Joseph Schmidt - (A) Song Goes Round The World
I hope not too much of that particular song goes round the world, but certainly Joseph Schmidt’s voice has gone the rounds and continues to do so. His life, too, with its rise to what today would be called superstardom, and his death in 1942 at the age of 38, caused by the Nazi brutes from whom he fled and the pusillanimous neutrals among whom he sought refuge.
He was a superb tenor in an age when this was still the voice of romance. Being too short in stature for the operatic stage, he went into films, and it is from these that most of the present recordings are drawn. That is a pity; both the two-CD sets on Teldec and Pearl are preferable. The German branch of EMI produced two boxed sets (two CDs each), also with a more pleasing repertoire, but the transfers are bright to the point of harshness.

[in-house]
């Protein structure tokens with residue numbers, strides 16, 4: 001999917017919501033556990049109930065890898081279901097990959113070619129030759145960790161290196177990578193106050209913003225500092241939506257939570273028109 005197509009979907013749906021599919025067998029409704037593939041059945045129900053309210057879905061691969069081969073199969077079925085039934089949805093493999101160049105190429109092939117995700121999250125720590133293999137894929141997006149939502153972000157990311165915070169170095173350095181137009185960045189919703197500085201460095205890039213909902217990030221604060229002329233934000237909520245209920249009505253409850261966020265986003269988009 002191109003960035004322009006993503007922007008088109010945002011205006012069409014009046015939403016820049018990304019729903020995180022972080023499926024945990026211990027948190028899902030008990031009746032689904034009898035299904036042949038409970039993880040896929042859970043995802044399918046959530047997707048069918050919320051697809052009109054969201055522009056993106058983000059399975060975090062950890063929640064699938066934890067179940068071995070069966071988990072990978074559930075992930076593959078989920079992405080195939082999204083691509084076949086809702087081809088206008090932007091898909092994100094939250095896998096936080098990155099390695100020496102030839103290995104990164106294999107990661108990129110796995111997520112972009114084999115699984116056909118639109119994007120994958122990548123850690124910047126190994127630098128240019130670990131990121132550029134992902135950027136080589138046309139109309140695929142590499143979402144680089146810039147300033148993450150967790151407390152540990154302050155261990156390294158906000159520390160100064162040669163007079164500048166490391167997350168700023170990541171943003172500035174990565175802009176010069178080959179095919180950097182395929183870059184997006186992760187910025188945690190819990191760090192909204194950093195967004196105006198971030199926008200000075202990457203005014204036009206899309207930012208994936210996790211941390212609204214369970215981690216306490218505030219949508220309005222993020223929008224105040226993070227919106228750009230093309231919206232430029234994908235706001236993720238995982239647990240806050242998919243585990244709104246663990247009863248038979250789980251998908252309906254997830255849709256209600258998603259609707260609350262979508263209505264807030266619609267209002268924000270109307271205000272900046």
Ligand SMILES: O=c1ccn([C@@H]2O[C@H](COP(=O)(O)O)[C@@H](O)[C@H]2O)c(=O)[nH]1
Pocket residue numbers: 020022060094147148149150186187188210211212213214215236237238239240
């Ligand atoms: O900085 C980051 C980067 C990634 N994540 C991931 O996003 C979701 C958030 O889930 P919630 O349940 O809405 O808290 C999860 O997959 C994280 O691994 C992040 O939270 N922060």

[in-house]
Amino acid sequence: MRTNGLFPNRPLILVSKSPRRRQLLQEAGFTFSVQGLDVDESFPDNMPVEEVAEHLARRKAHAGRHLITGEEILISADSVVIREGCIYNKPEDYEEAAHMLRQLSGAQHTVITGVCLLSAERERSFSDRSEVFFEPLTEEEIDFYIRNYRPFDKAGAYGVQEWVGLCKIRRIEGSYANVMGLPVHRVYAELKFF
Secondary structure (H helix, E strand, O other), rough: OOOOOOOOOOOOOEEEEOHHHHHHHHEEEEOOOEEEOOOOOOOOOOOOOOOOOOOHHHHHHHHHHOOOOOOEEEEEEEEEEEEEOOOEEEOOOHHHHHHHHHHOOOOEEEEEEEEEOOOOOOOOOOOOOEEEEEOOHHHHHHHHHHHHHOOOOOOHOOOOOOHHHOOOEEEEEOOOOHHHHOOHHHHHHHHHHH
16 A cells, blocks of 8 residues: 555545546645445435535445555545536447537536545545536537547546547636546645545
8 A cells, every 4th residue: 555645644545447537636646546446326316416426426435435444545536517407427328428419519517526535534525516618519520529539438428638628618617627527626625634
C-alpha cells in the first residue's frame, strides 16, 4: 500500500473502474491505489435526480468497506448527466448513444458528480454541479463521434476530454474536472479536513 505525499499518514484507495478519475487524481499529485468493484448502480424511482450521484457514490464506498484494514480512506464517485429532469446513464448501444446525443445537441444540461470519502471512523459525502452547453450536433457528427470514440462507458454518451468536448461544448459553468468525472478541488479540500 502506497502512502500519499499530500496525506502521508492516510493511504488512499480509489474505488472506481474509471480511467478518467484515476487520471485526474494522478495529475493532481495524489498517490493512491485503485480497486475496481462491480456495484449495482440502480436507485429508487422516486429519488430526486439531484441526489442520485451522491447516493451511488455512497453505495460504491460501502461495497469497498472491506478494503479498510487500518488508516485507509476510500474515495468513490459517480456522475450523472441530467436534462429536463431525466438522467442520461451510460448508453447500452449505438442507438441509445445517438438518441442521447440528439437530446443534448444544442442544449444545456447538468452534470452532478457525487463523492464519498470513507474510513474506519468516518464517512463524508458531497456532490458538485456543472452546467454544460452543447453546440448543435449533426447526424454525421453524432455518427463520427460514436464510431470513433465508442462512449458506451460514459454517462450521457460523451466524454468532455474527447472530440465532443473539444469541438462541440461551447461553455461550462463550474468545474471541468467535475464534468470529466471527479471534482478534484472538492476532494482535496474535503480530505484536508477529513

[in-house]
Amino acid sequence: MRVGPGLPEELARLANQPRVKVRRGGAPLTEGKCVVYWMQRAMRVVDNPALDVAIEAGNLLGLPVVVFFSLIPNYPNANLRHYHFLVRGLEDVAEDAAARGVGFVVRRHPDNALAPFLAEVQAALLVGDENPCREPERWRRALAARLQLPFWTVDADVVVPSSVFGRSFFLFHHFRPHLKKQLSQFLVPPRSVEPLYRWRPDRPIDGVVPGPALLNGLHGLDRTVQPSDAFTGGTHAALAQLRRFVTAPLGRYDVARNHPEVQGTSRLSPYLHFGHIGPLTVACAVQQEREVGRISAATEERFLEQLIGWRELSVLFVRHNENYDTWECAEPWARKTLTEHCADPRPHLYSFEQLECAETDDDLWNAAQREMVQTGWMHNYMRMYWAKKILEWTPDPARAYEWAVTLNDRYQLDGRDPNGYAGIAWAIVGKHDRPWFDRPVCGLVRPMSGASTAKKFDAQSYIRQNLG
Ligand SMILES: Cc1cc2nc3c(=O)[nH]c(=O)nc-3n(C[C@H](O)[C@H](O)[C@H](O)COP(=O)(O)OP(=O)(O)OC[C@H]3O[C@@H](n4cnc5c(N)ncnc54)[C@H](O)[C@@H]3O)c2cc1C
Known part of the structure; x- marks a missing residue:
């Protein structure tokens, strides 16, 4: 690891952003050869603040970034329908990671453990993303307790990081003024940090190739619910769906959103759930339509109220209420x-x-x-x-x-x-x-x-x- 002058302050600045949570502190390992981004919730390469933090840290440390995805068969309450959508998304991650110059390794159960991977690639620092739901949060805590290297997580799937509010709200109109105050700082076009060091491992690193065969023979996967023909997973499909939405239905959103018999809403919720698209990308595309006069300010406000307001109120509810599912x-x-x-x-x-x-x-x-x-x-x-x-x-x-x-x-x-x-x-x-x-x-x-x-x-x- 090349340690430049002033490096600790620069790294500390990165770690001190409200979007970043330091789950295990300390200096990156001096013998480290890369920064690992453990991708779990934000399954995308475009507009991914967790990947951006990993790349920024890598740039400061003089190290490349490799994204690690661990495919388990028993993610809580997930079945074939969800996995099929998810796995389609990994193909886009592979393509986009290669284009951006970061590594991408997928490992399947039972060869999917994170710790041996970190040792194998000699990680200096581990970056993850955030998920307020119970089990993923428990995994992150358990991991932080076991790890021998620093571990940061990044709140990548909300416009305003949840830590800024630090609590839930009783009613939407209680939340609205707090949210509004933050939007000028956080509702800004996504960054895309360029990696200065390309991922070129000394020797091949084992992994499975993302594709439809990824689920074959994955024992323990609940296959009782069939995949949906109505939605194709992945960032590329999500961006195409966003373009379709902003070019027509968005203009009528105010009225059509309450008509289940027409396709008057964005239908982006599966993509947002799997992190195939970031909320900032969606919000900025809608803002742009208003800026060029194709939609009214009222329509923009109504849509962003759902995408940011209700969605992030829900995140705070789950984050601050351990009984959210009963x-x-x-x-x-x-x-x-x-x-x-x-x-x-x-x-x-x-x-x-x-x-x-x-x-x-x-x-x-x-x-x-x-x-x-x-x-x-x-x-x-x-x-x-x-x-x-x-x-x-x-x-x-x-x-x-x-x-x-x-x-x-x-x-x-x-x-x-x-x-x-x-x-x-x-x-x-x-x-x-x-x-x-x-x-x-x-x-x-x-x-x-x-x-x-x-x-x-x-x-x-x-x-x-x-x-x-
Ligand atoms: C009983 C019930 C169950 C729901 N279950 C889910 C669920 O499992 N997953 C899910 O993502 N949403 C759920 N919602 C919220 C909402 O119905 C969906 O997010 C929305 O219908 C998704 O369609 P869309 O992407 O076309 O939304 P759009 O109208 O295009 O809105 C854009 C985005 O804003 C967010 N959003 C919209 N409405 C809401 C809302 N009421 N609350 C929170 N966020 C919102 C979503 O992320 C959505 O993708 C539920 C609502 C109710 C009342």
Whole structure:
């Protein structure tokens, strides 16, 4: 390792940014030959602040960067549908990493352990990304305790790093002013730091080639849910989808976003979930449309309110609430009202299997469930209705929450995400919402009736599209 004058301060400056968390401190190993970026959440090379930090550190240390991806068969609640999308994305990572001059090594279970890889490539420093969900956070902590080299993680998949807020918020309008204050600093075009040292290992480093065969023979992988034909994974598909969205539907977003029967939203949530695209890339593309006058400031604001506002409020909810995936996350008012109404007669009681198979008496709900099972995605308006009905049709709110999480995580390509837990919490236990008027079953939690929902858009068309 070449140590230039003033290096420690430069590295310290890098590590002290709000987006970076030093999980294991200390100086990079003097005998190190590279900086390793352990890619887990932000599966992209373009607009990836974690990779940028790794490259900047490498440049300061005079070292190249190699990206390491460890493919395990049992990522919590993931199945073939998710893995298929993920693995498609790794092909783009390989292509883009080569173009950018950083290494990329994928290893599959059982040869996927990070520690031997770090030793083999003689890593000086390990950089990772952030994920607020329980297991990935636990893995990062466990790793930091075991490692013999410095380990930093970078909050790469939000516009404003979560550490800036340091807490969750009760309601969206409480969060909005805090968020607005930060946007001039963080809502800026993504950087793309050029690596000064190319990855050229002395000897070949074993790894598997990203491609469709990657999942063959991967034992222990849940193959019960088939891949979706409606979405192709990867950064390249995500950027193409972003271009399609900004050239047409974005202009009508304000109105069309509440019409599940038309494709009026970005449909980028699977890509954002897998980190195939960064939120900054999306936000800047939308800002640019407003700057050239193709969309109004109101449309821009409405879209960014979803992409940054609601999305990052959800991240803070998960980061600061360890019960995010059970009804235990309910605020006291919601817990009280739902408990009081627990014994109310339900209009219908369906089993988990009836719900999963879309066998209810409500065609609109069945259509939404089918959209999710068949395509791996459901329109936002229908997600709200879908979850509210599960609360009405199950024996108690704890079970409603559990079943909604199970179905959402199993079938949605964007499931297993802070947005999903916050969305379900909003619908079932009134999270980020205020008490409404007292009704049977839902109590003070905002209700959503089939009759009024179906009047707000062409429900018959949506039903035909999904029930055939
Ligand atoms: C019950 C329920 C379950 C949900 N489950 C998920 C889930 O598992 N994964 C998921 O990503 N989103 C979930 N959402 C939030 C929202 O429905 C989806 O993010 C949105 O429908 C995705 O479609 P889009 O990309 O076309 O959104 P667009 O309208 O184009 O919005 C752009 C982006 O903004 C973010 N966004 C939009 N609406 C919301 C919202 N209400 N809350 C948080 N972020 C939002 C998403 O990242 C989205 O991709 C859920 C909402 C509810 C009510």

Of the singer’s operatic recordings, this set includes six titles not found in the Teldec or Pearl issues. All are desirable. The aria from Korngold’s Die tote Stadt is one of his best. The solos from Kienzl’s Der Evangelimann and Flotow’s Alessandro Stradella also show the fine legato. The Adam Postillion song, transposed down a semitone, places the lower notes still further beyond comfortable reach. Excellent, however, are the two excerpts from La bohème (in German), intelligently sung and ideally suited to the voice.
Of the operetta and songs, nothing tips the balance of choice towards the new selection; of the 17 film songs, most are second-rate even among their own tawdry kind. It is startling to see Nun wer die Sehnsucht kennt listed among these titles, but that is only the first line; the dance tune and its lyrics glide away soon enough into oblivion. The theme tune itself (Ein Lied geht um die Welt) is a brash, swaggering march, ironically all too reminiscent of its dreadful period.